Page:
Sharply different forecasts of the market for natural gas emerged at an RFF forum on Nov. 21, which compared two recent studies.
Natural gas prices have doubled over the past 20 months, generating widespread concern in government and among consumers, and raising questions regarding public policy.
The National Petroleum Council, an industry group that advises the federal government, has concluded that the higher prices mark a basic change in the market, reported Mark J. Finley, an economist with BP America, Inc. and a participant in the council's study. The market has become much tighter, he warned, raising the prospect of shortages and price spikes.
Current policy encourages gas consumption but discourages production by placing many sites off limits to exploration, Finley said.
In contrast, the Energy Modeling Forum at Stanford University has found no evidence of an underlying gas shortage, according to its executive director, Hillard G. Huntington. The recent market has been affected, he said, by a series of short-term events and opening the off-limit sites would have only a modest effect on prices.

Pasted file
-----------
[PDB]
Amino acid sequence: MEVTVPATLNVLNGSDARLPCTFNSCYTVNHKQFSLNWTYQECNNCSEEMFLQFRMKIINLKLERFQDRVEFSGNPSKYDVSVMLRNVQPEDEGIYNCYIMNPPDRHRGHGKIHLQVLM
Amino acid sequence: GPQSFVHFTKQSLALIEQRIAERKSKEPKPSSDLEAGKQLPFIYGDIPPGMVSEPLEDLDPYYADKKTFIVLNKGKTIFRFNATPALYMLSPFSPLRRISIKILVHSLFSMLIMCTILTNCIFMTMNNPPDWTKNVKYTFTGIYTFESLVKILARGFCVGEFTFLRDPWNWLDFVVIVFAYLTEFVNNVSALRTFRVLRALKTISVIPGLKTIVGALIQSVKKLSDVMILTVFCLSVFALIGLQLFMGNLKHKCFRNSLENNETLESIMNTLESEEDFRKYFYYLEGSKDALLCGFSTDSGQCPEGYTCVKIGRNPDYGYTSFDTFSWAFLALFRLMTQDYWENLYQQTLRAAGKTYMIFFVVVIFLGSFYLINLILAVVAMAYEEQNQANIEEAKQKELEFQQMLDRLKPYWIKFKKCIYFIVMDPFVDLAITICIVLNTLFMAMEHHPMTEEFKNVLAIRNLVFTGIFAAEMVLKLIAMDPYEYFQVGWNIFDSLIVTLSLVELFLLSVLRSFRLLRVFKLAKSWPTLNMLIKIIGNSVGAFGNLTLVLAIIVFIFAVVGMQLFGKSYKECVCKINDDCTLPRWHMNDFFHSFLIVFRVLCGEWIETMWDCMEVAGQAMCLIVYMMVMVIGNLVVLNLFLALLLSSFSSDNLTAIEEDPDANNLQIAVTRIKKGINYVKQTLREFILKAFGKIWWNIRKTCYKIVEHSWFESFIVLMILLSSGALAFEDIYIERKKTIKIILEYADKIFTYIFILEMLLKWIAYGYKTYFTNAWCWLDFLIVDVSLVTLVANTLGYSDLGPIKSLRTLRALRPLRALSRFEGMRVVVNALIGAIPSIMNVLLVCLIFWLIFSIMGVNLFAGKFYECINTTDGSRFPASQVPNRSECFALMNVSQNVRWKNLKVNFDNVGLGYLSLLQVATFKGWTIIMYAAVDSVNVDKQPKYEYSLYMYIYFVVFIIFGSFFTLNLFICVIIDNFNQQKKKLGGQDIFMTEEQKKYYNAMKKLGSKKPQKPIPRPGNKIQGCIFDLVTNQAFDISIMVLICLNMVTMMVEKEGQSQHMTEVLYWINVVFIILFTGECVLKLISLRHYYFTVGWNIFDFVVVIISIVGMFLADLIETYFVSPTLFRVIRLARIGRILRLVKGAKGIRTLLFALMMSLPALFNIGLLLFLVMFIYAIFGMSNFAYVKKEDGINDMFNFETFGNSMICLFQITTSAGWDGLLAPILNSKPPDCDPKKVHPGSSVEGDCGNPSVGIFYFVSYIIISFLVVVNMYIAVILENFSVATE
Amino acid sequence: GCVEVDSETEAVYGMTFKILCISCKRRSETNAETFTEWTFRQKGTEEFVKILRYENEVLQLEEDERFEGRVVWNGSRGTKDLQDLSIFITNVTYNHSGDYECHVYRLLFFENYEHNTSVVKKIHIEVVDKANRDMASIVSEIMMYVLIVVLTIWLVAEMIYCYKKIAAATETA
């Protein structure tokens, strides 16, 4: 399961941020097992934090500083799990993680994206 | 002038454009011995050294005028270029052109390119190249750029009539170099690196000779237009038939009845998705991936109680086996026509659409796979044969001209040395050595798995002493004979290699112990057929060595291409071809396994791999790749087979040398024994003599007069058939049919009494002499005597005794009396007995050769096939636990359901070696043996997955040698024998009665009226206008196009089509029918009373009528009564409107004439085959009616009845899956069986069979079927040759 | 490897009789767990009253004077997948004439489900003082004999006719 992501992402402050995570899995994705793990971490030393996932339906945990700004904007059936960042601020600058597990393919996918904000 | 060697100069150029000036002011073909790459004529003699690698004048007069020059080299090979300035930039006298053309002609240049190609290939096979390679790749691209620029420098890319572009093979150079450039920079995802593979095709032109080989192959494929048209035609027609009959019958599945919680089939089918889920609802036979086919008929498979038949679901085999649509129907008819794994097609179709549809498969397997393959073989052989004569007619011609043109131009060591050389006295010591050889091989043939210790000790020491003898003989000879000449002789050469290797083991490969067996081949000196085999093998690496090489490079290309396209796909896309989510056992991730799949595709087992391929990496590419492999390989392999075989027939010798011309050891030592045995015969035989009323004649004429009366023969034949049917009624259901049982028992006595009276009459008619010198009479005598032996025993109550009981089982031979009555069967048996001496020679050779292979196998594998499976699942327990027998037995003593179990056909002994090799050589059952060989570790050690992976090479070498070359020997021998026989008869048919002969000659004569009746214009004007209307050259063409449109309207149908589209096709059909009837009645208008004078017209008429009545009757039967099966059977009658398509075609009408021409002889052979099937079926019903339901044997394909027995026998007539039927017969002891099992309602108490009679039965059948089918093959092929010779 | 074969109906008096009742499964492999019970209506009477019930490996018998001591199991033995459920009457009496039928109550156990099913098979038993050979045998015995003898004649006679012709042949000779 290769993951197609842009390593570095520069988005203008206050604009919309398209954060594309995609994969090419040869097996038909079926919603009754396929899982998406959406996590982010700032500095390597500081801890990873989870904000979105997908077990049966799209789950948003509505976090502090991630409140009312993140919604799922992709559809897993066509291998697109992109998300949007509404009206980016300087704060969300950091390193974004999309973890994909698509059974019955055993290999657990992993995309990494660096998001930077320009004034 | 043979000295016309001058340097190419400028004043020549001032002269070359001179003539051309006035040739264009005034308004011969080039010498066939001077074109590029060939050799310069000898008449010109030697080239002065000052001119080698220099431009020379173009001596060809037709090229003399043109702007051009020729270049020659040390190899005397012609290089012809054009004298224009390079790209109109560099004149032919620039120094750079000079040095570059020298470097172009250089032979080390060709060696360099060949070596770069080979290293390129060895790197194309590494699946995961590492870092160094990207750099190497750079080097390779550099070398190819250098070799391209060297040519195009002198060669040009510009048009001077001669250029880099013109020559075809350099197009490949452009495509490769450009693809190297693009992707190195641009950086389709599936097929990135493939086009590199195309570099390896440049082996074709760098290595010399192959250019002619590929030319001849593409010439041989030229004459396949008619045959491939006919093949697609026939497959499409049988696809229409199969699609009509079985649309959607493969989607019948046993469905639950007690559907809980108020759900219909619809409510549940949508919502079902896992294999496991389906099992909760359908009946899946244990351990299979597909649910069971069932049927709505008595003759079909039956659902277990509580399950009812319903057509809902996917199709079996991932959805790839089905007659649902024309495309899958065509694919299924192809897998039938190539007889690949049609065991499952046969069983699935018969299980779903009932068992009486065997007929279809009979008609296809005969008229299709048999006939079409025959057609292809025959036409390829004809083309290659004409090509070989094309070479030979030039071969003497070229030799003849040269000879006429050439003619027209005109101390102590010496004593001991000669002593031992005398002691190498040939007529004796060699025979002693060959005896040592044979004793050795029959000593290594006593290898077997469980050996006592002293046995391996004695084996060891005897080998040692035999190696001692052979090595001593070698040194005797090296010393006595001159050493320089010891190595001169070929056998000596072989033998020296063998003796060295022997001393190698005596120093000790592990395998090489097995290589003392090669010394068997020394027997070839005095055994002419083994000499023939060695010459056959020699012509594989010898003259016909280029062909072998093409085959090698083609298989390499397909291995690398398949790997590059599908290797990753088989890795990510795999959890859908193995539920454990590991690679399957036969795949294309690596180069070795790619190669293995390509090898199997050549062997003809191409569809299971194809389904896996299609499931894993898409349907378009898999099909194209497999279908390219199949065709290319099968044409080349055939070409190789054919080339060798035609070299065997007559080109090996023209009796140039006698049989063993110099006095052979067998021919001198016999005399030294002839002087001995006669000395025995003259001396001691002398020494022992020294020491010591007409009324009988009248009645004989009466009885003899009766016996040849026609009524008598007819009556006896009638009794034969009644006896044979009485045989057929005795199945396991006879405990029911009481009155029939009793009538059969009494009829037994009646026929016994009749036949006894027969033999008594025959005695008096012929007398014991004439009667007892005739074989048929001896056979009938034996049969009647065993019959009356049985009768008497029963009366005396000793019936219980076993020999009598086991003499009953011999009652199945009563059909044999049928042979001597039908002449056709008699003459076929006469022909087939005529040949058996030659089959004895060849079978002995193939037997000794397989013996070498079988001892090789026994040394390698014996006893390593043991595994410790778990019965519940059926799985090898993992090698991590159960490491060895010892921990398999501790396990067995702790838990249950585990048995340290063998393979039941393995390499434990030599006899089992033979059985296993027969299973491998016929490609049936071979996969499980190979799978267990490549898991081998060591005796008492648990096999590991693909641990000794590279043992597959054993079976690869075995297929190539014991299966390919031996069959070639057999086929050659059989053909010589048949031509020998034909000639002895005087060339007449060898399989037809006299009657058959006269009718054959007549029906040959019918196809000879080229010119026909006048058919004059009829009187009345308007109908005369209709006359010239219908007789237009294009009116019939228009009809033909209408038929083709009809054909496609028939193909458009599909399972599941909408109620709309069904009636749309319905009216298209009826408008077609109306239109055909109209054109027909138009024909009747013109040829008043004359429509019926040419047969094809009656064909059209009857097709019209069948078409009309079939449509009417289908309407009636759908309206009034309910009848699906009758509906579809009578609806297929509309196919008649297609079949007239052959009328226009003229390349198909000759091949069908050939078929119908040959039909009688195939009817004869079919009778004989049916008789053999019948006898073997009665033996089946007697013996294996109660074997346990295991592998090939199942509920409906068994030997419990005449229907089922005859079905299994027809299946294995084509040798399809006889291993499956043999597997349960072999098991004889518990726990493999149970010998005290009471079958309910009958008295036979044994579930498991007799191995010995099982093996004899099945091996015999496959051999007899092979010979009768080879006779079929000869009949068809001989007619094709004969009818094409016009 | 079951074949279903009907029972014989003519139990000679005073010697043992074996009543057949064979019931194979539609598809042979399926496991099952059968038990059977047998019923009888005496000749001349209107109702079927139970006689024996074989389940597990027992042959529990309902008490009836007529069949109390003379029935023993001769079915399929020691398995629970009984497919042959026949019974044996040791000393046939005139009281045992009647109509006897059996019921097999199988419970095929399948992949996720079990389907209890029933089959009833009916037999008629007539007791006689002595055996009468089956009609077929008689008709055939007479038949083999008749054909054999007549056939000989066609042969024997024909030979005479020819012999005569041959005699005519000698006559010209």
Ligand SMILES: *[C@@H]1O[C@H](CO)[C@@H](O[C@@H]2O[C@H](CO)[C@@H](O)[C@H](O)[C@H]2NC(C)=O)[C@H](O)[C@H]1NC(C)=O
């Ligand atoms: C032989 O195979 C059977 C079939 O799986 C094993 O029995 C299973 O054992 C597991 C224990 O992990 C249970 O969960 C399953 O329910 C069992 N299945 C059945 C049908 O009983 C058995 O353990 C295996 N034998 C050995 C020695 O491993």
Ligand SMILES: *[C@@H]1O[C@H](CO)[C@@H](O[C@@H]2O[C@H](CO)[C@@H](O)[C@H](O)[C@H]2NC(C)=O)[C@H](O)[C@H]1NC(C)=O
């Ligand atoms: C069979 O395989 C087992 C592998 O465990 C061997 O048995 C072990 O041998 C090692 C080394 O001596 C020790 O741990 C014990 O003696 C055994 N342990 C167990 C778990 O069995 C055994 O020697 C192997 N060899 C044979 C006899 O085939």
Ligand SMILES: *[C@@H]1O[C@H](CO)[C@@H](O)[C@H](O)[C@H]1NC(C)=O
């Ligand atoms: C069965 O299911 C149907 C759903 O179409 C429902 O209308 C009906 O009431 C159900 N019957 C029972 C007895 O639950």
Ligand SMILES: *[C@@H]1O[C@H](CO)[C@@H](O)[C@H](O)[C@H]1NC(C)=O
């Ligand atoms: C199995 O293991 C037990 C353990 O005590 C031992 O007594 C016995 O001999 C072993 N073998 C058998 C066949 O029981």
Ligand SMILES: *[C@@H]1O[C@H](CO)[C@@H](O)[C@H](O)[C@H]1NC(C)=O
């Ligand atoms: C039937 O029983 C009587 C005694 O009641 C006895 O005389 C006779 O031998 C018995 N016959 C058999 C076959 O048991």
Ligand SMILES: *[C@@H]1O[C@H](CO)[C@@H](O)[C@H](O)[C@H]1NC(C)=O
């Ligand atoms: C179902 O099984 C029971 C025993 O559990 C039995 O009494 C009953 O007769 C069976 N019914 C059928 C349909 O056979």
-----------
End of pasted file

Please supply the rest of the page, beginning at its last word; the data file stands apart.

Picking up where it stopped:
Finley cited data showing that, in part because of increasingly efficient technology, wells are being depleted at an accelerating rate. Huntington replied that there is no sign of decline in gas reserves.
The two speakers agreed that price volatility does not impose any significant burden on the economy and public policy ought not attempt to suppress it. Price movements send valuable information to the market, Finley said.
That view suggests the difference between the perspective of economists and that of politicians, who hear from their constituents whenever prices swing up.
When wellhead prices jump, Finely said, regulators can soften the impact on consumers by encouraging utilities to use long-term contracts and hedging strategies that are prohibited in some jurisdictions.
Finley's figures showed a market growing more rigid because of a decline in the ability of industrial users and utilities to switch among fuels when prices change. But Huntington's model differed, finding that fuel competition continues to be an effective brake on gas prices.
Despite 30 years of experience with energy price swings, Huntington said, analysts still tend to underestimate the ability of the industry to respond to changes in the market.
Neither his model nor the National Petroleum Council study shows any reason to subsidize the energy industry, Huntington added, or to provide the multi-billion dollar tax breaks contained in the massive energy bill now nearing passage in Congress.
Natural gas provides nearly 25% of this country's basic energy. Coal provides a similar proportion, and petroleum about 40%. The remainder comes from nuclear reactors and renewable sources.
Robert W. Fri, a visiting scholar at RFF, moderated the discussion.